US Senate blocks latest Republican debt plan

US lawmakers, facing a potentially calamitous government default in just days, held votes that highlighted their intense partisan divide and did little to end a torturous political standoff.

The Republican-led House of Representatives yesterday approved a plan to temporarily raise the government's borrowing authority, knowing it was headed to certain defeat in the Democratic-controlled Senate. Less than two hours later, the Senate voted it down.



Top congressional leaders and the White House now have little time to work out a compromise that can pass both chambers of Congress and be signed by President Barack Obama before a Tuesday deadline to avoid default.



Prospects for a compromise were complicated by last-minute changes to the House bill made by Republican leaders yesterday to win over rebellious members of their party.



Tuesday is when the government says it will run out of money to meet its financial obligations. It needs Congress to approve an increase in its borrowing authority, known as the debt ceiling. Past increases have been routine, but Republicans, citing the giant US deficit, have demanded huge cuts as a condition for approving the increase.



Democrats have agreed to major cuts, but are insisting that the debt issue be settled now and not come up again during the November 2012 elections to prevent another potential default during the heat of the campaign.



House Republicans want a short-term increase and another vote next year. In a last-minute addition to its bill, the House would require a second increase unless Congress approves a balanced budget-amendment to the Constitution and sends it to the states for ratification.



Democrats have strongly opposed that provision, which has little chance of winning congressional approval.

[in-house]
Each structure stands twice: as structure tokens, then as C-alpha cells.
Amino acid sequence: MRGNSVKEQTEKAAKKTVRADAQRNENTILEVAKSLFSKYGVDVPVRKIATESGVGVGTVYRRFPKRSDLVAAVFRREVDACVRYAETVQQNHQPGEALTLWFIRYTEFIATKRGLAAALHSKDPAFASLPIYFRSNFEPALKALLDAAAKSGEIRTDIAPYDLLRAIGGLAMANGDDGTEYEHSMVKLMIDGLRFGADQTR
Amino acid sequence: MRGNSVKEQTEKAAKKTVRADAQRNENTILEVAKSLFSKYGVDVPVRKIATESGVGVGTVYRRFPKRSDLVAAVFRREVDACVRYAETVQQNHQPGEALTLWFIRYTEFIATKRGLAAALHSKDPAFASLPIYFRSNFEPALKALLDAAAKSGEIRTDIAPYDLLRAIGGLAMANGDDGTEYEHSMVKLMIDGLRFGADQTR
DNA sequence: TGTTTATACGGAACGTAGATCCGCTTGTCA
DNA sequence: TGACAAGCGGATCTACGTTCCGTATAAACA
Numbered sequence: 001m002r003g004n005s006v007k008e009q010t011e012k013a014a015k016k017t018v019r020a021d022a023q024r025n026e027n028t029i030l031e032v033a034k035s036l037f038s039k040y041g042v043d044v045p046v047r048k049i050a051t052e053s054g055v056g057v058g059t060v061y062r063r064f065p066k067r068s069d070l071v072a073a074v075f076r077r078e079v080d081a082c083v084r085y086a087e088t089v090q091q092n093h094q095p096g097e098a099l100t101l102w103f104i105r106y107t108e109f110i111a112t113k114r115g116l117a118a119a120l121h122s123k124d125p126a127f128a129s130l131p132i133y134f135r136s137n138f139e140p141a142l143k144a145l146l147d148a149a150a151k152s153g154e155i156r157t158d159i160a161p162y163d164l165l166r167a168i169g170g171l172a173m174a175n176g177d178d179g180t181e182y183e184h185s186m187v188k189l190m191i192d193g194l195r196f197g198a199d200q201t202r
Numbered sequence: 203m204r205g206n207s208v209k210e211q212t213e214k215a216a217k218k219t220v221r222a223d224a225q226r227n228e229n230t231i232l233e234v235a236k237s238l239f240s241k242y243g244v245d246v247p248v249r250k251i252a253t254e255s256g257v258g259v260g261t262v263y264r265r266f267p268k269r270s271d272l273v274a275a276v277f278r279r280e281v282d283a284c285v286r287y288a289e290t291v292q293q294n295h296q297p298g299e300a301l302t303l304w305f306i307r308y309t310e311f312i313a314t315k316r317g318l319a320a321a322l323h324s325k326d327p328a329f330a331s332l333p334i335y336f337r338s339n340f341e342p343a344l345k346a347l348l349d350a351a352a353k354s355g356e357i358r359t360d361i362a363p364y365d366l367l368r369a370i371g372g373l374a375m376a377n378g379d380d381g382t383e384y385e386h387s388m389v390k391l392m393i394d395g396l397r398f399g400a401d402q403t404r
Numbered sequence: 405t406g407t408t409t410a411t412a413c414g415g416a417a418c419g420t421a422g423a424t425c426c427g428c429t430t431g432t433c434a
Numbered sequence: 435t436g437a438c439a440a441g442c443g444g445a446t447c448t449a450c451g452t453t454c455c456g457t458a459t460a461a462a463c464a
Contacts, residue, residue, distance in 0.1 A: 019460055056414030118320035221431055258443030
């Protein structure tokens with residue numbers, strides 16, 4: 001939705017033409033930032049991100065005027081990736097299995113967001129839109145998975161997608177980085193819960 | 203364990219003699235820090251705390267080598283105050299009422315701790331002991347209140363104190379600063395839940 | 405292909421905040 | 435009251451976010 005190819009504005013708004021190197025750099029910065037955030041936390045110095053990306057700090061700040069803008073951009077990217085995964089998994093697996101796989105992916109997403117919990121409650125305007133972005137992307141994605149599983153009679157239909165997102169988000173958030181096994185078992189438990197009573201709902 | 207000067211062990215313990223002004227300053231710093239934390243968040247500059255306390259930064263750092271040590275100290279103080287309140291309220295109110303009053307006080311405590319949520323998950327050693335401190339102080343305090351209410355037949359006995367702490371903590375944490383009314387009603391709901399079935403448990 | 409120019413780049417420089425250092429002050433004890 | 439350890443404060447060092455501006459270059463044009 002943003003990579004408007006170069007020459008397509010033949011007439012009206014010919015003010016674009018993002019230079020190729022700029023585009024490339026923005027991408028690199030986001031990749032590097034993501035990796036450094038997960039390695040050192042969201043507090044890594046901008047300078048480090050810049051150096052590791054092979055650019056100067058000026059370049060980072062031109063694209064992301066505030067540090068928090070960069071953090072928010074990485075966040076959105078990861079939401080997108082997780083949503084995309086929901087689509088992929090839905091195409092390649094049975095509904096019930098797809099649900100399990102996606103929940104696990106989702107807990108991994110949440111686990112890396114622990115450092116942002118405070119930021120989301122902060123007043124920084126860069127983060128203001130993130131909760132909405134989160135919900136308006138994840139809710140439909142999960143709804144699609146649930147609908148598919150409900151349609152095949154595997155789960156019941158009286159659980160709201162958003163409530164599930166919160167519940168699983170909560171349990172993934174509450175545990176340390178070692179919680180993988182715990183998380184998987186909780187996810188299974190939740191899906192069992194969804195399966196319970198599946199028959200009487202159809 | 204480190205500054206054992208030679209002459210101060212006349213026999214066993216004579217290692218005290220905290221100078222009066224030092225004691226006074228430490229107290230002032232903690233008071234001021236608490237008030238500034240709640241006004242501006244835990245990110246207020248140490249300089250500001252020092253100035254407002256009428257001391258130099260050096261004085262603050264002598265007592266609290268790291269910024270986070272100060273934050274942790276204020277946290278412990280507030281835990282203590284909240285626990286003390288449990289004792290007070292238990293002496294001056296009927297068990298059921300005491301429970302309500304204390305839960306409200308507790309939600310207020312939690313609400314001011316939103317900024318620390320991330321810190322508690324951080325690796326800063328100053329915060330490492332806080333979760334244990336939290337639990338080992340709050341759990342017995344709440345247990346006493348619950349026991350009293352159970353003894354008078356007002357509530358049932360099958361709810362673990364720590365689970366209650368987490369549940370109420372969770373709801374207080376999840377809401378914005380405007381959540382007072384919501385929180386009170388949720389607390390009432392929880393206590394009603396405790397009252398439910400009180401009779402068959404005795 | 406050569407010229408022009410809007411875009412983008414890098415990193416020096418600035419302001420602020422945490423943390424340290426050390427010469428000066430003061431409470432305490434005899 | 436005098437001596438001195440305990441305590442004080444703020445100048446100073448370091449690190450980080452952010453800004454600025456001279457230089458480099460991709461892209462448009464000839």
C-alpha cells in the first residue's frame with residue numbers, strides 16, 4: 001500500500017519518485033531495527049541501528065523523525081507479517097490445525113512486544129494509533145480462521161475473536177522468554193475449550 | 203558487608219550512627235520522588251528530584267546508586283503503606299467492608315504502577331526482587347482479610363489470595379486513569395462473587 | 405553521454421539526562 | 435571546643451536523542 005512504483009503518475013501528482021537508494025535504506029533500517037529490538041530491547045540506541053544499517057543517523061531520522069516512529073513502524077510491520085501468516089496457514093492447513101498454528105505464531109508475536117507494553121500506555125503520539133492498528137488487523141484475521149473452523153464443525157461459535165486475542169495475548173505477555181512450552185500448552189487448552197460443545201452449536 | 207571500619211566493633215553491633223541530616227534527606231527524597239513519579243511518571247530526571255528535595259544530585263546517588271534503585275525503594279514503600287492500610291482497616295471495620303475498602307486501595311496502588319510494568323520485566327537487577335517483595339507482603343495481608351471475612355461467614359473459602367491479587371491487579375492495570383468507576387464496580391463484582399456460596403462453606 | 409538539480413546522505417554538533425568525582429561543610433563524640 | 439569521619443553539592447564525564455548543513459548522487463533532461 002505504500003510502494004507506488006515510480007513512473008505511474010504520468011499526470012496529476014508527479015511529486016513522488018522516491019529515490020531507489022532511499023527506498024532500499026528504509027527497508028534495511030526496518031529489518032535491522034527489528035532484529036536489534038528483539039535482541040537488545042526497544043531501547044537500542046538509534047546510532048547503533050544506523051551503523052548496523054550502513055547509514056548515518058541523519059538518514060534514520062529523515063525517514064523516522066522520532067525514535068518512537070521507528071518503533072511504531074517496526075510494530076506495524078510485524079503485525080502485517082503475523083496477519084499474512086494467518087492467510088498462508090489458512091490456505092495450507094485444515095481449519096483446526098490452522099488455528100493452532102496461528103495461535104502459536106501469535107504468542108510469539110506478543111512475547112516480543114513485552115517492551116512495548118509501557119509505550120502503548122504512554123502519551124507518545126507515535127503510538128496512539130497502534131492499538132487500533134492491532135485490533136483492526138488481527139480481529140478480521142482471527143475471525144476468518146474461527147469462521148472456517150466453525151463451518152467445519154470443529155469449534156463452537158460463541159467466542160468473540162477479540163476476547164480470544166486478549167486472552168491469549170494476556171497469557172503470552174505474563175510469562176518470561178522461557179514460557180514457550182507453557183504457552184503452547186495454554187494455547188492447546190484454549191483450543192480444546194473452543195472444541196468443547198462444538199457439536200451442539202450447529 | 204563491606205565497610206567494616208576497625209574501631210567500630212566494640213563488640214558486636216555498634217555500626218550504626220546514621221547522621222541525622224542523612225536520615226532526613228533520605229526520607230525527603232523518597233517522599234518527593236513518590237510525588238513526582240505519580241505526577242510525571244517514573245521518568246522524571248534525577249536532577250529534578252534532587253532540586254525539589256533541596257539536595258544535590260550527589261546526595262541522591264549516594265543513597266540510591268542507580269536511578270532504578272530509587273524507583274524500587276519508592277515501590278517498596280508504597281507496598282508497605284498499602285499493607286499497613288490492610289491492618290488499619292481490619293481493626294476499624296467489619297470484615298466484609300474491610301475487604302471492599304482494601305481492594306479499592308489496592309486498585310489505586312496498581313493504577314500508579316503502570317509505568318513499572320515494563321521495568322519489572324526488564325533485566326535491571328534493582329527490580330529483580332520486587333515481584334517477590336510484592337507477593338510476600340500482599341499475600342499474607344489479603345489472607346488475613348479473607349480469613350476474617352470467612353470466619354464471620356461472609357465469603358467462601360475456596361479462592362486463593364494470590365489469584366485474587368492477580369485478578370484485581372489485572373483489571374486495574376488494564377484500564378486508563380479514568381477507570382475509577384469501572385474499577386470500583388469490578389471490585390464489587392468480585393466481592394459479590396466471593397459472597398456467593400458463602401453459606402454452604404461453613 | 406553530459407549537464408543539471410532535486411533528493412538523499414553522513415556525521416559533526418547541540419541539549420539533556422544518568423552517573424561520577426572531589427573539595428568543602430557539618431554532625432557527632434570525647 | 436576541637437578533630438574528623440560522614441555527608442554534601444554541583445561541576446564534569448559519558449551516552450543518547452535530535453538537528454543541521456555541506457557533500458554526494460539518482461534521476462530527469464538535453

A US default would have a ripple effect on the global economy and send interest rates soaring. Already, concerns about the impasse have sent world stock markets spiraling lower.



Just after the Senate vote, Democratic leader Harry Reid signaled he would push ahead with his own plan even though it, too, had little chance of passing when it reaches the House.



Both the Republican and Democratic bills, however, could provide the basis for behind-the-scenes talks by congressional leaders aimed at finding a bipartisan compromise that could win approval in both chambers before Tuesday's deadline.



The top Republican in the House, Speaker John Boehner, had hastily reworked his proposal to cut spending and raise the government's borrowing authority after opposition from his party's most conservative members forced him to postpone votes twice in two previous days.



The House vote was 218-210, almost entirely along party lines. In the Senate, the vote was 59-41, with all Democrats, two independents and six Republicans joining in opposition.



The House plan would have provided a quick $900 billion increase in US borrowing authority — essential to allowing the government to continue paying the bills — along with $917 billion in cuts from federal spending.



The bill had been rewritten with a concession to Tea Party-backed conservatives and others who had thwarted Boehner's attempt to pass the bill Thursday night, upending his endgame strategy. The changes also alienated Democrats only further.



Reid invited Republicans to suggest changes to his bill, saying, "This is likely our last chance to save this nation from default."



The Senate Republican leader, Mitch McConnell, accused Democrats of "rounding up 'no' votes to keep this crisis alive," and noted the House had passed two bills to raise the debt limit and the Senate none.



The House set a vote to reject Reid's proposal on Saturday. The Senate set a test vote for 1 am on Sunday, a middle-of-the-night roll vote that underscored the limited time available to lawmakers.



At the same time Reid appealed for bipartisanship, he and other party leaders accused Boehner of caving in to extremists in the Republican ranks — "the last holdouts of the tea party," Sen. Richard Durbin called them.



The day's economic news began on a downbeat: The economy grew at an annual rate of only 1.3 per cent in the second quarter of the year.



Investors weren't impressed with either the economy or the efforts in Washington. The Dow fell again yesterday, with a loss of 0.8 percent, continuing a weeklong slide that erased nearly 540 points off the index, which closed at 12,143.



At the White House, Obama cited the potential toll on the economy as he urged lawmakers to find a way out of gridlock, declaring that "we're almost out of time."



"The power to solve this is in our hands on a day when we've been reminded how fragile the economy already is," the president said from the White House, as U.S. stocks fell in response to a sour report on economic growth and widespread uncertainty over the Washington debt stalemate. "This is one burden we can lift ourselves. We can end it with a simple vote." AP

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